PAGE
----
Legislation opens door for farmers to get paid for their environmental efforts

Eric Barker, 09/02/2022

THE Federal Government has today entered a bill to create a new environmental market where landholders can be paid for increasing biodiversity.

Minister for Agriculture and Northern Australia David Littleproud said the bill was giving producers an opportunity to make money off less productive land. A move which has been welcome by the National Farmers Federation.

“This Bill will allow farmers to use less productive agricultural land to improve biodiversity and provides a robust national legal framework to back it up,” Mr Littleproud said.

David Littleproud

“We’re making sure there are clear definitions in place on what eligible projects are, through biodiversity protocols, which will enable farmers to be rewarded for their land stewardship.

“The Bill will create a biodiversity certificate, which will be tradeable. This will mean biodiversity outcomes can be purchased, transferred, claimed, or used.”

Mr Littleproud said the new biodiversity stewardship will be back up will be managed in a similar fashion to the already functioning carbon market.

“We’ll establish a single public register for the market. This will enable tracking of certificates, provide evidence for claims made by buyers and, over time, provide information to inform the market,” he said.

“We’ll have an independent expert advisory committee, who will be there to provide expert advice on biodiversity protocols.”

Producers urged to seek professional advice

PhD student and consultant Michael Wellington has been following the biodiversity stewardship through its development. He said while the bill entering parliament was welcomed, it was not likely to create a large amount of income.

Michael Wellington

“It is likely to be particularly relevant those whose land supports sensitive ecosystems or species,” Mr Wellington said.

“At this stage, income generated from biodiversity credits is likely to be peripheral to income from staple agricultural activities. Though I envisage the market will mature as demand for environmental credits continues to grow.”

Mr Wellington said producers looking to enter the prospective biodiversity stewardship should seek professional advice.

“Producers should pay particular attention to the risk of failing to deliver and seek independent information on the likelihood of achieving any environmental deliverables,” he said.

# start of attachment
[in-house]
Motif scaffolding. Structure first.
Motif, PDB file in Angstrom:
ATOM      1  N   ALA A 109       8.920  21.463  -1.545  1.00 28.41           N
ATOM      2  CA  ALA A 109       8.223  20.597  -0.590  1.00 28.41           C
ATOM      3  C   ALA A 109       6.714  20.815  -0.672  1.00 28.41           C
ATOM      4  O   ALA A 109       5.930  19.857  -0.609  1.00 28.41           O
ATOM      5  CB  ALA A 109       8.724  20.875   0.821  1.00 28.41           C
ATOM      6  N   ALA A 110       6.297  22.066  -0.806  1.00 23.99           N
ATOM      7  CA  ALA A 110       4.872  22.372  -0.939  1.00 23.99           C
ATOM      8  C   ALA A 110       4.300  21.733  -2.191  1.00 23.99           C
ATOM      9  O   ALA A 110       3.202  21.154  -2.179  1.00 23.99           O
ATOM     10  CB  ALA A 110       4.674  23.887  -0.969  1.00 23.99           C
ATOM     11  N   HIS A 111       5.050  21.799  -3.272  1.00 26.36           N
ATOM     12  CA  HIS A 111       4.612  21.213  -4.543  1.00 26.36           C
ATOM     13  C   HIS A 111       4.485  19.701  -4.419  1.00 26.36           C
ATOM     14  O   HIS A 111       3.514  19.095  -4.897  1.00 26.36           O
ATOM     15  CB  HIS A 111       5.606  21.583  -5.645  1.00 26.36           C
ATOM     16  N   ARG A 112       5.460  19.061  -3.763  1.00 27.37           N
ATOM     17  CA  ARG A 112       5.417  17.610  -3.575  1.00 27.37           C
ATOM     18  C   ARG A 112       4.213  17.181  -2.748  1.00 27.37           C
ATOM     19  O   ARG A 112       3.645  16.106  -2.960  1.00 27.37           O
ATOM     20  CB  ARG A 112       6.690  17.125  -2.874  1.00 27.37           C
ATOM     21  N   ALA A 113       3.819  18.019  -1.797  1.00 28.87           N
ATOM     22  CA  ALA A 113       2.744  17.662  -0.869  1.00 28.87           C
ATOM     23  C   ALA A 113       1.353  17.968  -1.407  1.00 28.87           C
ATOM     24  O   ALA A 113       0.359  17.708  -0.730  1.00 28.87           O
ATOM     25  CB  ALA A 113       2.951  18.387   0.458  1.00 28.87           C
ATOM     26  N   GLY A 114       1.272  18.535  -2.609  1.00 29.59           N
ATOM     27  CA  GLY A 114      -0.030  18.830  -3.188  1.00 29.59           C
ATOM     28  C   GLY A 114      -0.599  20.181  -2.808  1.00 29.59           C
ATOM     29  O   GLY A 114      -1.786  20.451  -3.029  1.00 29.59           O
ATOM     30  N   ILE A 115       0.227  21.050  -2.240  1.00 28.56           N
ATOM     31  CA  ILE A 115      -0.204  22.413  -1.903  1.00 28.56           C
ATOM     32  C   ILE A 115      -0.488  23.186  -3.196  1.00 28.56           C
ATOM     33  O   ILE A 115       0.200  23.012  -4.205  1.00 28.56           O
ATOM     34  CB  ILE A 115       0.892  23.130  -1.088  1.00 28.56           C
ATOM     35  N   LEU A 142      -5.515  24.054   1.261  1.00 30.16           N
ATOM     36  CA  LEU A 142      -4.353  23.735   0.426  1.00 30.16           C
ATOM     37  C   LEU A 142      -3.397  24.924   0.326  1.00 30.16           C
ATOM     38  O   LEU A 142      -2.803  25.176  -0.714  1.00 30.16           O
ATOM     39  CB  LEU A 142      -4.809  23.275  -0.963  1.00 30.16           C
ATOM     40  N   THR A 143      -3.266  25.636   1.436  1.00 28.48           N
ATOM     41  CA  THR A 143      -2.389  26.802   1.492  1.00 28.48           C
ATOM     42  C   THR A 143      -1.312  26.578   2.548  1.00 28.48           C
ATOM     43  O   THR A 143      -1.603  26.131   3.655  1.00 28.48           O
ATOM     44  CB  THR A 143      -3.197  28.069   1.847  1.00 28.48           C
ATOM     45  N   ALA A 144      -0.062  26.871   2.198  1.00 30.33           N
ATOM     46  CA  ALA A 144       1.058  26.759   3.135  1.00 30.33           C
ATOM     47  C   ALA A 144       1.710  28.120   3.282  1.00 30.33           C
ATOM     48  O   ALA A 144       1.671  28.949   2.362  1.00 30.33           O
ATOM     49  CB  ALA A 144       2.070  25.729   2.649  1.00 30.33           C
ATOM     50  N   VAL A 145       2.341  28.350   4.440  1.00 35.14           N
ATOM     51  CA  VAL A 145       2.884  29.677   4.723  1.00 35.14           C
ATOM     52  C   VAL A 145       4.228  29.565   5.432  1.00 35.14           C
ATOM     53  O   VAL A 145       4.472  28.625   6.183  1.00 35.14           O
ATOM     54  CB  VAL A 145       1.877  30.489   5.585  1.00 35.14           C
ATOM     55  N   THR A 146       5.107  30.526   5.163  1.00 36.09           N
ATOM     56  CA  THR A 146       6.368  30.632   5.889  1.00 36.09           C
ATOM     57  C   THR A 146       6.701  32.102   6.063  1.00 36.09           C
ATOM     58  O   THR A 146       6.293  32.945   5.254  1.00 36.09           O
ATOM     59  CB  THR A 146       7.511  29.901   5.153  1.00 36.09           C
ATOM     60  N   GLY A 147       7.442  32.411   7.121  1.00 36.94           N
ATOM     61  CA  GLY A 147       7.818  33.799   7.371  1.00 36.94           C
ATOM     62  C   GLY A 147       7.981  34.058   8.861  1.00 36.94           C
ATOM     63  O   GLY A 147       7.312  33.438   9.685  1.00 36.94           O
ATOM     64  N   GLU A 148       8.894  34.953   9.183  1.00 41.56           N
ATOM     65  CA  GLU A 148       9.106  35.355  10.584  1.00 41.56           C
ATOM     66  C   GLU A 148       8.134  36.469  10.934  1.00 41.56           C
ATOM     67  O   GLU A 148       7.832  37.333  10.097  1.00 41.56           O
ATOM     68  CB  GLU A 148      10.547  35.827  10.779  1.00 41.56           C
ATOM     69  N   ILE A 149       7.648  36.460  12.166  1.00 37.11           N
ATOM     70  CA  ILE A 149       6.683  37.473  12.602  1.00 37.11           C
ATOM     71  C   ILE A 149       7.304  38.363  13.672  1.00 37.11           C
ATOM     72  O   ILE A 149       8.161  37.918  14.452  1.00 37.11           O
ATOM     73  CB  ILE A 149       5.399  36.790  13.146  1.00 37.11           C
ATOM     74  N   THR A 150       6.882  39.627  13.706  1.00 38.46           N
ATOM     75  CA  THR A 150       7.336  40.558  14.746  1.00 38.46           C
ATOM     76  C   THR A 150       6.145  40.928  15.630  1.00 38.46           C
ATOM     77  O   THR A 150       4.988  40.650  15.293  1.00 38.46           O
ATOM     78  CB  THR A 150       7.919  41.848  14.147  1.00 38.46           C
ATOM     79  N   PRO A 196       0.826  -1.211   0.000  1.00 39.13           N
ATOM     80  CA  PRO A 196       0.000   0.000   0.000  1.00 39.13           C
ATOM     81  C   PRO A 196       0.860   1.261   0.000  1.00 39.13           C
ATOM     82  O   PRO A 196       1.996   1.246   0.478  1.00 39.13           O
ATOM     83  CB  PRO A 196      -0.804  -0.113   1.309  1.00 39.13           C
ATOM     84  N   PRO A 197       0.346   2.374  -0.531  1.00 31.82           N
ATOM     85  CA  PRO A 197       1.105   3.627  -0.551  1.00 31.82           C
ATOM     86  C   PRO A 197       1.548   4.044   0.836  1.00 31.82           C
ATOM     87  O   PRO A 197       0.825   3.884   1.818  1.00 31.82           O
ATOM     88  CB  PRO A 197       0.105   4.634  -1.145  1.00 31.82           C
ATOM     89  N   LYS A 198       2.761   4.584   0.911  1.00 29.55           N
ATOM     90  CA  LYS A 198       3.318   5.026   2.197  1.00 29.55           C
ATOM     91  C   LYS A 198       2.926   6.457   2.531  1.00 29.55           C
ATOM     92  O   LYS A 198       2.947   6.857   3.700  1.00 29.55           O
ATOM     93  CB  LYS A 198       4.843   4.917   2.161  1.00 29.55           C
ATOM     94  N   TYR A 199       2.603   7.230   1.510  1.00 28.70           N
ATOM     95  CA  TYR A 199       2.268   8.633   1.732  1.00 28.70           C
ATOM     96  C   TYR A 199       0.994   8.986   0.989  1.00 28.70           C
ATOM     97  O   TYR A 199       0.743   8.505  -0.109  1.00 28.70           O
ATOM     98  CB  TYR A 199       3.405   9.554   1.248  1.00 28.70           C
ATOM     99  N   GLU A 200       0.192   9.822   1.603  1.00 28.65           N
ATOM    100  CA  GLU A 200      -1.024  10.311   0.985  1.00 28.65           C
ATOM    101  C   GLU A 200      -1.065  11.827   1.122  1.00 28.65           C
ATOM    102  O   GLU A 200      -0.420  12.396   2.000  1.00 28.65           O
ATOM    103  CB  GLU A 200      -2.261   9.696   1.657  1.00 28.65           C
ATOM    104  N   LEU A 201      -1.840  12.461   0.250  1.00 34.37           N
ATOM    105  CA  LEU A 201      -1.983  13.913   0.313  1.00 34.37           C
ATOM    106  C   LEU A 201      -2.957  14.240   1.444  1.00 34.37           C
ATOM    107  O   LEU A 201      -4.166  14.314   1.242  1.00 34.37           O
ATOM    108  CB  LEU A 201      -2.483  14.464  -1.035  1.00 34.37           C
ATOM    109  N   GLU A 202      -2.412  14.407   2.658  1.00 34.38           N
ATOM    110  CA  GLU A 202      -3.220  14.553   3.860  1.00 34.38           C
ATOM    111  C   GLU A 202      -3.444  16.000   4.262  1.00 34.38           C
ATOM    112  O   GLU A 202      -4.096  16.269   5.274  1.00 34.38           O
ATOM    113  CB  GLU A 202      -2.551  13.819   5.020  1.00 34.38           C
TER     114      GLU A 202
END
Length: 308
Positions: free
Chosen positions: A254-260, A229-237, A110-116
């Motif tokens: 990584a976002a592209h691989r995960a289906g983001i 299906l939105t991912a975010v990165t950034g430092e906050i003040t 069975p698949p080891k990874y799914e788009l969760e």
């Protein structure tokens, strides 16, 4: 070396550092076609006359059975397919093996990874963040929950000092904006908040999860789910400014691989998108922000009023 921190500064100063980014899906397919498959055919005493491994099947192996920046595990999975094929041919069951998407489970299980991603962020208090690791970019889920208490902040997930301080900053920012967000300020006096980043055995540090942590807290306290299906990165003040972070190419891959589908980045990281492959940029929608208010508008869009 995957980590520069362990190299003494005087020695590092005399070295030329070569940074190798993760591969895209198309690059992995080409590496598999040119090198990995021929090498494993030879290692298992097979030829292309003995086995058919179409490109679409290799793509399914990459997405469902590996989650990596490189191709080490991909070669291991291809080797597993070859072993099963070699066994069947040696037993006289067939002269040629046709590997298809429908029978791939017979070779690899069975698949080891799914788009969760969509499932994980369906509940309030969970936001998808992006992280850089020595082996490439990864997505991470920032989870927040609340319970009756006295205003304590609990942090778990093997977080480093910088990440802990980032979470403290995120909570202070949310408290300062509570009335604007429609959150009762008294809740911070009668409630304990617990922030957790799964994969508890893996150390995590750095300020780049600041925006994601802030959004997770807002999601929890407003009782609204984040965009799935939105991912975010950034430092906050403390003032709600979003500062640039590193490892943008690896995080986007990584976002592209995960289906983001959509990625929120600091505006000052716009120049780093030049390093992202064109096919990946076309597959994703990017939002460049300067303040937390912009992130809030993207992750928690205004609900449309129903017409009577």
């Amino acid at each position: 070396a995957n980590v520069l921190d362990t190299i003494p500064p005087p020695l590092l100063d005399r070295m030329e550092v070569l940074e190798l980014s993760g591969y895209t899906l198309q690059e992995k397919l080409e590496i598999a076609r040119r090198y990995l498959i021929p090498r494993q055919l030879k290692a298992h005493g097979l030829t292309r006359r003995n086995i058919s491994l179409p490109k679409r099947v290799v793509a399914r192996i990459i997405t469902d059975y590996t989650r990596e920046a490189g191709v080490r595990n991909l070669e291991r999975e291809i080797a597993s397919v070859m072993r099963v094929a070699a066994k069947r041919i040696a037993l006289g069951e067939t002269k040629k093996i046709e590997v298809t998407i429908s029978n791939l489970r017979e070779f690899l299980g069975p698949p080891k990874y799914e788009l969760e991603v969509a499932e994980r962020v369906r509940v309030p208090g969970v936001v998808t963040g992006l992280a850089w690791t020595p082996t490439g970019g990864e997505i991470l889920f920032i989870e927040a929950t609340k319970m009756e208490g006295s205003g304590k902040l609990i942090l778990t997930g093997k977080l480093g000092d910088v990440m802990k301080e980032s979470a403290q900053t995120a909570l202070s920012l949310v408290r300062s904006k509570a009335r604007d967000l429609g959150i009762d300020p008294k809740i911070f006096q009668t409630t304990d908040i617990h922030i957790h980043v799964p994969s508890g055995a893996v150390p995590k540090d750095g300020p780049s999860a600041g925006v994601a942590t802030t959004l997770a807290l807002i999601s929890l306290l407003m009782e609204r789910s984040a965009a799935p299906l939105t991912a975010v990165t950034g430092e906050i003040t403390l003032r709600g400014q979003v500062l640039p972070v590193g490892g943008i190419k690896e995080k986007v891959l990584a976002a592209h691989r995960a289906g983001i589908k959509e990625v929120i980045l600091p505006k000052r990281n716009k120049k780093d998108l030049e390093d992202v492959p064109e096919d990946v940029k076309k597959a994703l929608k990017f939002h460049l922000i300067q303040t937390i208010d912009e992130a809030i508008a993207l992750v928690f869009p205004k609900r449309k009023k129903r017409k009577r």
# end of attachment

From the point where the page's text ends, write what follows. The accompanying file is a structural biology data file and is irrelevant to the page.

“A grain producer who enters a contract to supply a certain amount of wheat does so with a comprehensive understanding of their capacity to deliver it. It should be the same when entering into environmental markets.”

NFF welcomes biodiversity stewardship

The National Farmers Federation has welcomed the new bill, describing it as an important step in valuing the contribution agriculture makes to the environment.

Fiona Simson

NFF president Fiona Simson said the bill was likely to help producers with important decisions about land management.

“It gives farmers another string to their bow,” Ms Simson said. “Each season, farmers make choices about crop plantings and livestock numbers. The opportunity to trade their biodiversity values provides a further and longer-term choice that they can draw upon when it suits their farm business.

“The NFF’s 2030 Roadmap includes a goal for, by 2030, 5% of farmers income to come from ecosystem services payments.”

Ms Simson said it was also likely to help producers in areas where agriculture is a marginal industry.

NFF President Fiona Simson said the NFF supported the Bill as an important next step in valuing the contribution agriculture makes to the environment.

“Everyday Australian farmers manage more than half of the nation’s landmass, on behalf of all Australians,” she said.

“Importantly the Bill focuses on valuing biodiversity on land that is sub-optimal for food and fibre production.”




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  1. Richard Ham, 10/02/2022

    Could you tell us the exact title of the Bill please?

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